“You are not my friend anymore!” Those words may be spoken by 6-year-old Jimmy when his friend, Jason, refuses to share a cookie with him. They are also words communicated by some folks on Facebook as they “unfriend” someone because of differing political views. Yet even when political tensions are high, as they certainly are during this 2016 election season, it is important that people who disagree with each other be able engage in civil conversation and treat each other with respect. This is something we as Christians should be able to do and model to those around us for the following reasons:
First, we know there are more important things in life than politics. As Christians, “we are citizens of heaven” (Philippians 3:20) and our primary loyalty is to Jesus and His kingdom, rather than to any political candidate or party. I must always remember that anyone who is a believer in Jesus is my Christian brother or sister, even if he or she cheers for another football team or supports another Presidential candidate.
Second, we know relationships with family and friends ought to be able to survive political differences. The marriage of James Carville and Mary Matalin (for 23 years and counting) is a good example of how two people who disagree politically can still have a strong and loving relationship. Family and friends are something else in life more important than politics.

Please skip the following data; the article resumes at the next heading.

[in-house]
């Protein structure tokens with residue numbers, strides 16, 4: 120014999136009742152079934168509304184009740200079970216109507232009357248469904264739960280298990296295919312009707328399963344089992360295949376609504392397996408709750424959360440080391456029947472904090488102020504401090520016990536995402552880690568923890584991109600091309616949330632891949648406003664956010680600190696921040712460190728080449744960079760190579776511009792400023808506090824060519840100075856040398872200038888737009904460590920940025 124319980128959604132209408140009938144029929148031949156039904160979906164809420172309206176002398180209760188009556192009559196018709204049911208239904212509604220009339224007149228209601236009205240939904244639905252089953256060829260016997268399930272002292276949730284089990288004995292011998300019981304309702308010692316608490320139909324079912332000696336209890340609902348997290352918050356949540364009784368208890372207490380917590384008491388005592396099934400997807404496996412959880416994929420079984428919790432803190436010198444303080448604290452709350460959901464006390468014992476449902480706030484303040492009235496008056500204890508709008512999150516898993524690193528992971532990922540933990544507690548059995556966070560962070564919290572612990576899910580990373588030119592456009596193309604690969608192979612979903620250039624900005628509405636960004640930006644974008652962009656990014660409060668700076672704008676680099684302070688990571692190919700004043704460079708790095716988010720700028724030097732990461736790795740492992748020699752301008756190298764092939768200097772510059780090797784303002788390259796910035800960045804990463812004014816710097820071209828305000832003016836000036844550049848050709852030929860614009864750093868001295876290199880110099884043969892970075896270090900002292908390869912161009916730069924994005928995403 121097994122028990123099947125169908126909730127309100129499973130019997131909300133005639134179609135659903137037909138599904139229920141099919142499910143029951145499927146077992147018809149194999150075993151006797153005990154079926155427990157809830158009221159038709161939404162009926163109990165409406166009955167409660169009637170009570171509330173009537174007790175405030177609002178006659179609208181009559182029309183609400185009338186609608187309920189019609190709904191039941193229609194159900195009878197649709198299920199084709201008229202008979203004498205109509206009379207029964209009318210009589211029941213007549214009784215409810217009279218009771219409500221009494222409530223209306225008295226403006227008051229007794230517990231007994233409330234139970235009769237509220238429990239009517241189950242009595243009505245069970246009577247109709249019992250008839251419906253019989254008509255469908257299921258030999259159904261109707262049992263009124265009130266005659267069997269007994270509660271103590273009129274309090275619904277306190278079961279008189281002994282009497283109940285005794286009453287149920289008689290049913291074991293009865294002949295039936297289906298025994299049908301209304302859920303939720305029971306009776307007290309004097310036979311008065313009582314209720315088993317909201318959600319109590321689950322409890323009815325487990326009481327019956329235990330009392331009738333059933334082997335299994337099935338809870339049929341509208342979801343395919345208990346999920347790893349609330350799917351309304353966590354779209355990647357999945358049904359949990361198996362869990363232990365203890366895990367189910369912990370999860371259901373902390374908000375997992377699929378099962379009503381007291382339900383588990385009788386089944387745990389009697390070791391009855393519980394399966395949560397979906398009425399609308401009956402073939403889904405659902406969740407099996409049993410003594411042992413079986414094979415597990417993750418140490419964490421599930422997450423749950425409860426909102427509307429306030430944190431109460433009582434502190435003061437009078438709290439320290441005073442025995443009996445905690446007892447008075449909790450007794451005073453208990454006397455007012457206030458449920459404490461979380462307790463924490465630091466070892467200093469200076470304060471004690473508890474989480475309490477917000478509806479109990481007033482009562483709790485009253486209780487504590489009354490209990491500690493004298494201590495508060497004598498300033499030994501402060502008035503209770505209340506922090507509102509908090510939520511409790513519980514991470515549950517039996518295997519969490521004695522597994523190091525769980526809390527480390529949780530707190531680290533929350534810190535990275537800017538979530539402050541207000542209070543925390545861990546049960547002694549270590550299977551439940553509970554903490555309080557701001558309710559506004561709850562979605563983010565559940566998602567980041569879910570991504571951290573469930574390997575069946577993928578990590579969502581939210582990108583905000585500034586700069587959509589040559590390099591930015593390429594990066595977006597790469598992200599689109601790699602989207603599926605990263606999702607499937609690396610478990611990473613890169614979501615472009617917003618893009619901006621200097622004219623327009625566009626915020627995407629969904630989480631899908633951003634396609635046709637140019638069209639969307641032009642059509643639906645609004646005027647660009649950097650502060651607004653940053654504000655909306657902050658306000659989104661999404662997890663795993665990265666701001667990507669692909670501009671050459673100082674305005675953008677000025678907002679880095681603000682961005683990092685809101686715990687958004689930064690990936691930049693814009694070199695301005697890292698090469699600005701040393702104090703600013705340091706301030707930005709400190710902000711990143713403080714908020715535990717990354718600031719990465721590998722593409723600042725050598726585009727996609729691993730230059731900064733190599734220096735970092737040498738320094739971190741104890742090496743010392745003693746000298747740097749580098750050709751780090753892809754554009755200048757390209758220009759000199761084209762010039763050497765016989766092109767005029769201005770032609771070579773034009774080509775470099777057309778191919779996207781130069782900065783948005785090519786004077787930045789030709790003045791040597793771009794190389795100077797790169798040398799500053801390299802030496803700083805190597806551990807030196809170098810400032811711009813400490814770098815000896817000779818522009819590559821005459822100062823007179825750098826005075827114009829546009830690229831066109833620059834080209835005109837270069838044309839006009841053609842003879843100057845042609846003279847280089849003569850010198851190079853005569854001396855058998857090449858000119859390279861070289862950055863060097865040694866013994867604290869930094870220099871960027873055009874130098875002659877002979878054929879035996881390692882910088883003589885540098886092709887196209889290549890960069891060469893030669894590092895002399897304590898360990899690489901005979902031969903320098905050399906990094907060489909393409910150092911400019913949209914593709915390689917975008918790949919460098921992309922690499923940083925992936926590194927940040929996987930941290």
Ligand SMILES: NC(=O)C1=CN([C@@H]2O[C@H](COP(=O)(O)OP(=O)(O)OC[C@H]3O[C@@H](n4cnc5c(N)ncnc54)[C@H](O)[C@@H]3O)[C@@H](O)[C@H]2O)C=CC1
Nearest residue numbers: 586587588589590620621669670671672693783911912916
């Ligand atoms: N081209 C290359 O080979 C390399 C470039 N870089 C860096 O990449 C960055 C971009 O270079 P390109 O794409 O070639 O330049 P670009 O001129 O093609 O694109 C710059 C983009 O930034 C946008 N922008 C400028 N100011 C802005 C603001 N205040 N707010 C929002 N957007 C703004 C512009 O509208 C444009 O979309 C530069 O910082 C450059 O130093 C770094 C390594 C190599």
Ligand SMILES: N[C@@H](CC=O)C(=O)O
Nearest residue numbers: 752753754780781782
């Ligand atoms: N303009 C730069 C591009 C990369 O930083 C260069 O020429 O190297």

Third, we are called to love our political enemies. The command the Lord Jesus give us: “Love your enemies,” (Matthew 5:44) is wide enough to include people who support candidates that we do not. I am not always sure what means to love those whose opinions and beliefs I find repulsive, but I know it involves desiring good for them instead of evil. And it means I should never pray for their destruction but only their salvation.
Fourth, we cherish the Constitutional right of “freedom of speech.” Though this should be appreciated by all Americans, Christians are especially aware of the importance of not only being able to determine our own religious beliefs (freedom of conscience), but of also being able to express those beliefs (freedom of speech). When others express opinions different than ours, we should be grateful they are able to do so, knowing that the freedom to express our opinions is very much tied to their freedom to do so as well. In a speech class years ago, I gave an oration which presented political ideas opposite of what my professor held. I always remember what she told me: “Dan, I may not agree with what you say, but I will defend with my life your right to say it. And I am going to give you an ‘A’ on that speech—even though I disagreed with most of what you said.” That type of commitment to “freedom of speech” is something Christians should share.
Friends, listening to people express beliefs and ideas we don’t share can be frustrating and irritating. Yet if we keep these four things in mind, we will encourage civil discourse in the political arena and be able to have Facebook friends whose political views are very different from our own.
Rev. Dan Erickson
Senior Pastor, Chisholm Baptist Church